WASHINGTON — The U.S. Army Corps of Engineers National Operations Center for Water Safety announces the release of a seven-minute testimonial water safety video that recounts the loss of a father and his son who were not wearing life jackets while boating.
The video targets mature audiences and is available for viewing on the USACE Water Safety YouTube channel www.youtube.com/user/USACEwatersafety. The video can also be downloaded free from the Defense Video Imagery Distribution Site (DVIDS) http://www.dvidshub.net/video/287905/lost-lake-water-safety-video#.UXhPHYKmD6Q.
The video features the testimonial of Craig Keese of Greenville, S.C., who lost his 36-year-old son Brian and 8-year-old grandson Nathan to drowning following a boating accident on March 27, 2010. The two were fishing in a small jon boat on Stockton Lake, a USACE lake in Stockton, Mo, and unfortunately were not wearing life jackets.
This tragedy could have brought Keese to his knees, but instead it made he and his wife stand up and take action to prevent the loss of other lives.
“We decided to take that energy, that sadness, and try to put it into some form that, one, honored them, and, for goodness sake, may be getting the message out to the public,” said Keese of how he and his wife have responded in the aftermath of the deaths.
Keese founded the Brian & Nathan Keese Water Safety Organization, which is dedicated to getting people to wear a life jacket around the water, a mission that aligns closely with the USACE commitment to reduce public recreation accidents and fatalities at USACE lake and river projects. USACE approached Keese and asked if he would share the story of his loss as part of an educational testimonial video, and he readily agreed.
Traveling to the lake where his son and grandson drowned, Keese sat for taping of the video. He painfully recounted the events with the hope it will help people understand the importance of wearing a life jacket.
The result is “Lost on the Lake,” a USACE-produced video featuring a testimonial from Keese about the impact of losing his son and grandson, and re-creations of that day and the subsequent search for Brian and Nathan. The video also includes testimonial statements and key water safety messages from Travis Inman, Missouri State Highway Patrol Marine Operations Trooper, and Bradly Wright, USACE Stockton Lake Park Ranger. The testimonial video is one part of USACE’s constant recreational safety outreach effort to find innovative ways to promote water safety.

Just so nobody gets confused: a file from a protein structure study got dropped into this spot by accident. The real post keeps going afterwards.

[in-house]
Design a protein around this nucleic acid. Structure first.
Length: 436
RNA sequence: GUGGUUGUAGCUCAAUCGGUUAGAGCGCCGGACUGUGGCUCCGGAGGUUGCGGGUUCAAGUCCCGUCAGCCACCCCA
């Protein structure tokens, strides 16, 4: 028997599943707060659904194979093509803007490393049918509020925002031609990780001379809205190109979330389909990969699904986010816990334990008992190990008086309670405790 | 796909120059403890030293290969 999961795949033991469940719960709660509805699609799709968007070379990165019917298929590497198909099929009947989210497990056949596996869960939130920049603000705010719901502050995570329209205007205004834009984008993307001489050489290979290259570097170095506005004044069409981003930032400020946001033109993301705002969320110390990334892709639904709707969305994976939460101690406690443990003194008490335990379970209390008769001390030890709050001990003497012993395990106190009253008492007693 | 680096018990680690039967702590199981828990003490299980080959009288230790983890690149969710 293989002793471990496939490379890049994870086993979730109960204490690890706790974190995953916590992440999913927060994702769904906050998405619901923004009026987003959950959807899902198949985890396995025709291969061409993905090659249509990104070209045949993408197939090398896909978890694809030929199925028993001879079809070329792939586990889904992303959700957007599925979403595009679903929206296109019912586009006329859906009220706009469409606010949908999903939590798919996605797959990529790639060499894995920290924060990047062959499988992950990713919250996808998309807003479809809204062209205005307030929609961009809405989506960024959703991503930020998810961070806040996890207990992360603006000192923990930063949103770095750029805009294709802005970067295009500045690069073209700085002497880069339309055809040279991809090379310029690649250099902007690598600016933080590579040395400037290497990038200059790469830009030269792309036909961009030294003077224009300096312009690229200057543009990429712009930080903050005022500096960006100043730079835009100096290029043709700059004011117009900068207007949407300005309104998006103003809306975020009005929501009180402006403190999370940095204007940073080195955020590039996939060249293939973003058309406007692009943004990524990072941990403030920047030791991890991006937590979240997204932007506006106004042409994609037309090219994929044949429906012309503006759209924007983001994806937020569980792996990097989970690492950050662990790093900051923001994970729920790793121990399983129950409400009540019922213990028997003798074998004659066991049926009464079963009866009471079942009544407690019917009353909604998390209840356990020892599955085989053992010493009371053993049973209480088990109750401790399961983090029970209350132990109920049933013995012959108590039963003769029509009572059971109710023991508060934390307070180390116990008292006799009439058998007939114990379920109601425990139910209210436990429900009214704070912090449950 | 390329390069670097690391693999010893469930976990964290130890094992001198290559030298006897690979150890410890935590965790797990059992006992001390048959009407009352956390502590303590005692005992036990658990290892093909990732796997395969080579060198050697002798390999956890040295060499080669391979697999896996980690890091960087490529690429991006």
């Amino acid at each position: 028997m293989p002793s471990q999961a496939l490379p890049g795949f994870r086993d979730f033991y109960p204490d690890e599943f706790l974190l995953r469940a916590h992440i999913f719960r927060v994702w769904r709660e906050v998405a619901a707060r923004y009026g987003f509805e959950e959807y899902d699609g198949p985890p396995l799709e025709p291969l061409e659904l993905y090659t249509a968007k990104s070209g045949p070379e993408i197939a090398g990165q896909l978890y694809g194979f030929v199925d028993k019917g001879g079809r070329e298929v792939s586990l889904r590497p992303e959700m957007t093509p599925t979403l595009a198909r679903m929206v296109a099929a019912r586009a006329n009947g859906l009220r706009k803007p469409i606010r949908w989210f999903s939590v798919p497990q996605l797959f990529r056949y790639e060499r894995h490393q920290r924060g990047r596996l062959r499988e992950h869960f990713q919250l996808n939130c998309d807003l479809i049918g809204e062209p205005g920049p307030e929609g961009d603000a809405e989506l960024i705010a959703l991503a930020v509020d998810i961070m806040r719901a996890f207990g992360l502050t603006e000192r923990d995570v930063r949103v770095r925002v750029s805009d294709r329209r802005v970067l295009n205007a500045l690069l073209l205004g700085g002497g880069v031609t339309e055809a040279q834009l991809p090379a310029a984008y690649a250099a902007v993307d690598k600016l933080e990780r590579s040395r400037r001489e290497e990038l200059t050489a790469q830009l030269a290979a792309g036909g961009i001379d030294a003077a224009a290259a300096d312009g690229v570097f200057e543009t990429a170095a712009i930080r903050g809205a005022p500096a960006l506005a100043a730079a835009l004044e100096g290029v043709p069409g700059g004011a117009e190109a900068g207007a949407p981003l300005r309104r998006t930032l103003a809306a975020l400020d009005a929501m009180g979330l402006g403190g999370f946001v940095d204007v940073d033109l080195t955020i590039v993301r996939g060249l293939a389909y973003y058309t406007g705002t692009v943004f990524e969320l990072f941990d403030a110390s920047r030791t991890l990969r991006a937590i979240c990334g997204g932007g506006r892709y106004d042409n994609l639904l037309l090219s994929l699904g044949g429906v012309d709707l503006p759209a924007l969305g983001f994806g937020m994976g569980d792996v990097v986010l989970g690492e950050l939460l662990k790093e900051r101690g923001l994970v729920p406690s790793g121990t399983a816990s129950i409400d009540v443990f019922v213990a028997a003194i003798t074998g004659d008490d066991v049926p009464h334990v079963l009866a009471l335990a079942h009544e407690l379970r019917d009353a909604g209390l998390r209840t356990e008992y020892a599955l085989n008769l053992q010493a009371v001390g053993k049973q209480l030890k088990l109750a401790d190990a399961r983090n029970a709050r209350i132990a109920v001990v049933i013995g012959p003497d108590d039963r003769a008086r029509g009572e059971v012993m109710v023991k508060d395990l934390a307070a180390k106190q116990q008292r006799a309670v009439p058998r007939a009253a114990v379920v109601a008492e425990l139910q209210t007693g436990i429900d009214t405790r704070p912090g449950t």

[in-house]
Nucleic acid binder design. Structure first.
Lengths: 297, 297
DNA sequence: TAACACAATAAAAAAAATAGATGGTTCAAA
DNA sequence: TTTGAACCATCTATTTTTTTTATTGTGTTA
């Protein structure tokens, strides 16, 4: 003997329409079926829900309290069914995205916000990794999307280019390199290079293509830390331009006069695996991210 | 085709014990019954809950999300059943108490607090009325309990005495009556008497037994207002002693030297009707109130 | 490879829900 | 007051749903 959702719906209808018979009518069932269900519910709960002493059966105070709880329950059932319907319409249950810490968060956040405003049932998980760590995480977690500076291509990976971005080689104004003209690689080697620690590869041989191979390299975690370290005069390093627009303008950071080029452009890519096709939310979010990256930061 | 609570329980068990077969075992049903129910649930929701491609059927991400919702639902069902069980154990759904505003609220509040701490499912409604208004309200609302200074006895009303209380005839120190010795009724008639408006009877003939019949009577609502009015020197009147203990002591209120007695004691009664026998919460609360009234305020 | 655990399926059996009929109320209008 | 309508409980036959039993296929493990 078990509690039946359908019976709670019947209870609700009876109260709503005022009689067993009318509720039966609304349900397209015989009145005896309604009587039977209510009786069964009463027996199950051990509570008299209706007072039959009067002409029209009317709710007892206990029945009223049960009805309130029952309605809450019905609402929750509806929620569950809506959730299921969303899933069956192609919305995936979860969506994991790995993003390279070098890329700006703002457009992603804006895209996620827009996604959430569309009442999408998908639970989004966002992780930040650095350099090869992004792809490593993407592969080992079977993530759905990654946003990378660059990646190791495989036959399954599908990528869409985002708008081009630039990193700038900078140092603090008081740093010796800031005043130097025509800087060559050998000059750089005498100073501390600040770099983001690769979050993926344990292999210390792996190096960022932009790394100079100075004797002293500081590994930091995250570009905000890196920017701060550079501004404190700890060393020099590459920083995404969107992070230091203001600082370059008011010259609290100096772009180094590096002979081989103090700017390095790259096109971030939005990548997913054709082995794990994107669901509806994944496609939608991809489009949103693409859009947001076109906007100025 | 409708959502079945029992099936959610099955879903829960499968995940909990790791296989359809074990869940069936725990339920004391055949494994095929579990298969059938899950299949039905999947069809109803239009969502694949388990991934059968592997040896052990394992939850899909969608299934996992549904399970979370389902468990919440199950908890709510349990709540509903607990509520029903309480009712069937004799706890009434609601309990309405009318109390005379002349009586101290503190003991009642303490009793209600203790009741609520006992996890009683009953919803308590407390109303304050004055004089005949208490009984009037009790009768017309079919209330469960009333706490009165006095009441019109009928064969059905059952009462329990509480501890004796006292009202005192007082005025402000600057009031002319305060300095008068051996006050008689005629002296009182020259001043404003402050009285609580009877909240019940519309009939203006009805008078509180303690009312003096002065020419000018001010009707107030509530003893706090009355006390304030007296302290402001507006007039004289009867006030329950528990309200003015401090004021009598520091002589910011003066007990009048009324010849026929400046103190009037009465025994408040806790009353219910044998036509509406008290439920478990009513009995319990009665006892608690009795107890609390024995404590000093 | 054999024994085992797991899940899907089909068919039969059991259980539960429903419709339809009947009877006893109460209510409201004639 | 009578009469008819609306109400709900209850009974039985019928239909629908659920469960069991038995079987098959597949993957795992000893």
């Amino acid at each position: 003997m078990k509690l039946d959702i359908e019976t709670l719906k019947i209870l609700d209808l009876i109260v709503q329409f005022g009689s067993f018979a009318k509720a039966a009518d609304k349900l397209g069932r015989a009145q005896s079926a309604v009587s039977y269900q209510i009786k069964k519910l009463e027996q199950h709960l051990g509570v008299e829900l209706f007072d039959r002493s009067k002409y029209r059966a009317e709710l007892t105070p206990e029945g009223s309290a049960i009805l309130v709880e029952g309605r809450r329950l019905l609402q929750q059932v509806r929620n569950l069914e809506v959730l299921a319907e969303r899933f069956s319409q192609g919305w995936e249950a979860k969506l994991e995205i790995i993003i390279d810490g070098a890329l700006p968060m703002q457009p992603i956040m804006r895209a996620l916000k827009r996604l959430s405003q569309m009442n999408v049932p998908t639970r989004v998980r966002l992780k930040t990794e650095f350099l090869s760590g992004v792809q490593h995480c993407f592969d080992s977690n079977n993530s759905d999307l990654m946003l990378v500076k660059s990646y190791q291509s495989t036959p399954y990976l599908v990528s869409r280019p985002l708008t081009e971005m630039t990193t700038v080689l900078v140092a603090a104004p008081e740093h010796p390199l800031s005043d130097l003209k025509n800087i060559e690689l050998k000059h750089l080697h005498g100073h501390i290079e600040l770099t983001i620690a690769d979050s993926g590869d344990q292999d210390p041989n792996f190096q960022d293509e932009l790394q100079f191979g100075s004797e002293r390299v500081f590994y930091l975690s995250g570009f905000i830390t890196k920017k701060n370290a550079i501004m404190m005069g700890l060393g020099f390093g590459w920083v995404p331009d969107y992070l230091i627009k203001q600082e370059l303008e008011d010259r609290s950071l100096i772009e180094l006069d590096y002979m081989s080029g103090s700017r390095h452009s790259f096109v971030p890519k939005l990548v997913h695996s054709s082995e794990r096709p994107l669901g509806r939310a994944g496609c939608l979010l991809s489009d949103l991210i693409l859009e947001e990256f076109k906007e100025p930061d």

“The U.S. Army Corps of Engineers is very appreciative to the Keese family for their willingness to share their story of losing two people they love so it might help save others,” said Pam Doty, USACE National Water Safety Program Manager. “It is a story that might have had a different ending if they would have worn their life jackets. I commend the Keese family for having the courage to share their story.
“When people watch “Lost on the Lake”, I hope that they take the time to stop and think that what happened to the Keese family could happen to their family. Regardless of the excuses given by loved ones as to why they do not wear a life jacket, please insist that they wear a life jacket every time they go on, in, or near the water. Their lives could depend on it.”
USACE will use the video in kiosks in various locations such as visitor centers and as part of water safety presentations USACE park rangers provide to various groups and organizations as part of the effort to reduce the number of fatalities at the more than 420 USACE-managed lake and river projects nationwide.
Last year, 157 people lost their lives while recreating at USACE lakes or river projects. Historically, 89 percent of the people who die in water-related accidents are male. The primary causes of fatalities at USACE projects are people exceeding their swimming abilities while swimming outside designated swimming areas and unexpected falls into the water from boats, docks and other places without wearing a life jacket.
Everyone who has lost their life left behind someone who loves them and misses them, just as the Keese family misses Brian and Nathan. Craig Keese took Brian out boating and fishing as a child just as Brian took Nathan on such trips, something Keese describes as a normal father and son activity. They always wore life jackets, but for some reason Brian and Nathan did not wear them on the day they drowned. The family has agonized about why they did not wear them that day.
The Keese family has turned their loss into something positive to help others by establishing life jacket loaner stations at USACE lakes and by working in cooperation with the USACE to create the “Lost on the Lake” testimonial video. The Keese family and USACE hope that you will take seven minutes of your time to view the video because it could help save your life or the life of someone you love.